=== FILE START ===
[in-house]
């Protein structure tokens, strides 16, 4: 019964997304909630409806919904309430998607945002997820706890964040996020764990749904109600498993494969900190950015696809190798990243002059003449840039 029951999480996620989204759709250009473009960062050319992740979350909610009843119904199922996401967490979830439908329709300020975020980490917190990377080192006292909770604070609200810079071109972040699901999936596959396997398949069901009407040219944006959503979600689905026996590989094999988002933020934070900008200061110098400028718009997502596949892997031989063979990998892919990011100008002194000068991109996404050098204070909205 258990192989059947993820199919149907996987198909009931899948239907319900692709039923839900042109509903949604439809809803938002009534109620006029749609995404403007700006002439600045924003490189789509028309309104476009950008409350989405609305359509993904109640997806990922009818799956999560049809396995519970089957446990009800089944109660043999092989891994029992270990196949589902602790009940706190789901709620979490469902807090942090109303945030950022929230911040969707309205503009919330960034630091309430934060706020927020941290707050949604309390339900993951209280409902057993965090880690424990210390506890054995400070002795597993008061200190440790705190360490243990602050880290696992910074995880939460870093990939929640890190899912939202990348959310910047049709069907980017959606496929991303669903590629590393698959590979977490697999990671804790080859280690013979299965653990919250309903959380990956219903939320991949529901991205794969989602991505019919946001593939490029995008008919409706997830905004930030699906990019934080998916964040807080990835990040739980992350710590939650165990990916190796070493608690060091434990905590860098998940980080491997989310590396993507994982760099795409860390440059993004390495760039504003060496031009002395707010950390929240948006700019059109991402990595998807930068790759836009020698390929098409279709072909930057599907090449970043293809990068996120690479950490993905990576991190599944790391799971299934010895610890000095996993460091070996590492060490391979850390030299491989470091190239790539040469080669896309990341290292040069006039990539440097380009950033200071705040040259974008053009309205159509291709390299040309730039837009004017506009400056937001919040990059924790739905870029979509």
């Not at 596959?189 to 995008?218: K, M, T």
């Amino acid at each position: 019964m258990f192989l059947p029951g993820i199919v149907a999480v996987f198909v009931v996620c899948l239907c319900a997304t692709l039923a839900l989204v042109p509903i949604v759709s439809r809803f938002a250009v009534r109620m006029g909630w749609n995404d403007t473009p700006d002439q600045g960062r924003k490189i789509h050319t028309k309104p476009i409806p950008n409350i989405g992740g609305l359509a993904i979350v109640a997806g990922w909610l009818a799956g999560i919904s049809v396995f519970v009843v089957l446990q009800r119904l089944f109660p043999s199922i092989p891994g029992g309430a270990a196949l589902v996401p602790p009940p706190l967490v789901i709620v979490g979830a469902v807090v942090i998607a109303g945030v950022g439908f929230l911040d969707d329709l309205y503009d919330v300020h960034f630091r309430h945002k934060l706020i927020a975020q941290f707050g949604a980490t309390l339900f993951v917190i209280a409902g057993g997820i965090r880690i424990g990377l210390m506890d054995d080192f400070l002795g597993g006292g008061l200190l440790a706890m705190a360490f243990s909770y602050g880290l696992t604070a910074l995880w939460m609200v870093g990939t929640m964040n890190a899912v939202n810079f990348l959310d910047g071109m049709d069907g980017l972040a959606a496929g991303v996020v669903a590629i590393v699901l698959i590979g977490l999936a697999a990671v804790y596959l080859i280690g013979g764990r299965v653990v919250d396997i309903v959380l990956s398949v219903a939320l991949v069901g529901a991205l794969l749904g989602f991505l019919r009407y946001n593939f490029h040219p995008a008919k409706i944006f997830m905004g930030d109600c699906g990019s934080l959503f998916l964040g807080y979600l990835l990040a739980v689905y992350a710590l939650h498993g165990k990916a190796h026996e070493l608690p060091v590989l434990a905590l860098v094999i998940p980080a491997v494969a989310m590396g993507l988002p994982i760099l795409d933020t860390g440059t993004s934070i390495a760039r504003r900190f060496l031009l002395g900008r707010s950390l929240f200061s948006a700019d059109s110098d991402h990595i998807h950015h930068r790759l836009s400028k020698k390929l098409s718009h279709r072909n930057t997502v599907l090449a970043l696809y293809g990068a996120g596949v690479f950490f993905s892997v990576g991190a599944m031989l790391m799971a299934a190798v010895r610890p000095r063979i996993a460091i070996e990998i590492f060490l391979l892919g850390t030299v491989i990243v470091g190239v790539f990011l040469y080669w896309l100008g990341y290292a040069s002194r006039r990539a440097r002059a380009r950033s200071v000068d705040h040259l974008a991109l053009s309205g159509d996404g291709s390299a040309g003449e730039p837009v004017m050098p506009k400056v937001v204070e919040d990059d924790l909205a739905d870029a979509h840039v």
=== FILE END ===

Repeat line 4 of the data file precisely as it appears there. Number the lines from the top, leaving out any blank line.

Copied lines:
């Amino acid at each position: 019964m258990f192989l059947p029951g993820i199919v149907a999480v996987f198909v009931v996620c899948l239907c319900a997304t692709l039923a839900l989204v042109p509903i949604v759709s439809r809803f938002a250009v009534r109620m006029g909630w749609n995404d403007t473009p700006d002439q600045g960062r924003k490189i789509h050319t028309k309104p476009i409806p950008n409350i989405g992740g609305l359509a993904i979350v109640a997806g990922w909610l009818a799956g999560i919904s049809v396995f519970v009843v089957l446990q009800r119904l089944f109660p043999s199922i092989p891994g029992g309430a270990a196949l589902v996401p602790p009940p706190l967490v789901i709620v979490g979830a469902v807090v942090i998607a109303g945030v950022g439908f929230l911040d969707d329709l309205y503009d919330v300020h960034f630091r309430h945002k934060l706020i927020a975020q941290f707050g949604a980490t309390l339900f993951v917190i209280a409902g057993g997820i965090r880690i424990g990377l210390m506890d054995d080192f400070l002795g597993g006292g008061l200190l440790a706890m705190a360490f243990s909770y602050g880290l696992t604070a910074l995880w939460m609200v870093g990939t929640m964040n890190a899912v939202n810079f990348l959310d910047g071109m049709d069907g980017l972040a959606a496929g991303v996020v669903a590629i590393v699901l698959i590979g977490l999936a697999a990671v804790y596959l080859i280690g013979g764990r299965v653990v919250d396997i309903v959380l990956s398949v219903a939320l991949v069901g529901a991205l794969l749904g989602f991505l019919r009407y946001n593939f490029h040219p995008a008919k409706i944006f997830m905004g930030d109600c699906g990019s934080l959503f998916l964040g807080y979600l990835l990040a739980v689905y992350a710590l939650h498993g165990k990916a190796h026996e070493l608690p060091v590989l434990a905590l860098v094999i998940p980080a491997v494969a989310m590396g993507l988002p994982i760099l795409d933020t860390g440059t993004s934070i390495a760039r504003r900190f060496l031009l002395g900008r707010s950390l929240f200061s948006a700019d059109s110098d991402h990595i998807h950015h930068r790759l836009s400028k020698k390929l098409s718009h279709r072909n930057t997502v599907l090449a970043l696809y293809g990068a996120g596949v690479f950490f993905s892997v990576g991190a599944m031989l790391m799971a299934a190798v010895r610890p000095r063979i996993a460091i070996e990998i590492f060490l391979l892919g850390t030299v491989i990243v470091g190239v790539f990011l040469y080669w896309l100008g990341y290292a040069s002194r006039r990539a440097r002059a380009r950033s200071v000068d705040h040259l974008a991109l053009s309205g159509d996404g291709s390299a040309g003449e730039p837009v004017m050098p506009k400056v937001v204070e919040d990059d924790l909205a739905d870029a979509h840039v």